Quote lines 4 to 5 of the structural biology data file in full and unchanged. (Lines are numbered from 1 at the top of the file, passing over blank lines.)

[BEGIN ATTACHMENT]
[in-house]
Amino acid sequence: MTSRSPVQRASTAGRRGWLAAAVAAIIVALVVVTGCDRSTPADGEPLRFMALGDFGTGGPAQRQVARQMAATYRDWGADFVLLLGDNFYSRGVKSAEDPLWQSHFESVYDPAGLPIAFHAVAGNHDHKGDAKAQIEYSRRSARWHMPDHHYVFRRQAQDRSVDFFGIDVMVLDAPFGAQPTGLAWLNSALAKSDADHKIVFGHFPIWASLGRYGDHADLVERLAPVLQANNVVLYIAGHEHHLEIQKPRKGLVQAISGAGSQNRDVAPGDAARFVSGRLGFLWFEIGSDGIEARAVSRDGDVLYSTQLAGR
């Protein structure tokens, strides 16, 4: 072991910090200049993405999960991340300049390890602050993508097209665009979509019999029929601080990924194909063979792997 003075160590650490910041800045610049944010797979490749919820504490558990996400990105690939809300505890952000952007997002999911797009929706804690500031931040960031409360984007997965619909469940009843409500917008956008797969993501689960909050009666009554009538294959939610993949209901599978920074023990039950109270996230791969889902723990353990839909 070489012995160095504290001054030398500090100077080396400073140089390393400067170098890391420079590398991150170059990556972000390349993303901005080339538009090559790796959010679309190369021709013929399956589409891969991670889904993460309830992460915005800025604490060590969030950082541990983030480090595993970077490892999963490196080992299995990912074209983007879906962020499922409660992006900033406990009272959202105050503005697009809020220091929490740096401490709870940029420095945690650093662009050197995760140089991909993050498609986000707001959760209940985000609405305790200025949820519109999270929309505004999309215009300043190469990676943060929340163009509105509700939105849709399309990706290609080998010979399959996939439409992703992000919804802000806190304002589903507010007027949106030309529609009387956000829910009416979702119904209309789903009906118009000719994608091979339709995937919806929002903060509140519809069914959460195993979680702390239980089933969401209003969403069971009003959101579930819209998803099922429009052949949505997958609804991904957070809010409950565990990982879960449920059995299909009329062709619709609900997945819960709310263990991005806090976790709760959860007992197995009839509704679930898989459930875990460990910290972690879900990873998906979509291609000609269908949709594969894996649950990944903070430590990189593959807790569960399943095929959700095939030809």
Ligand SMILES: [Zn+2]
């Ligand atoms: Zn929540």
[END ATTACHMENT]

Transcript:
Ligand SMILES: [Zn+2]
């Ligand atoms: Zn929540």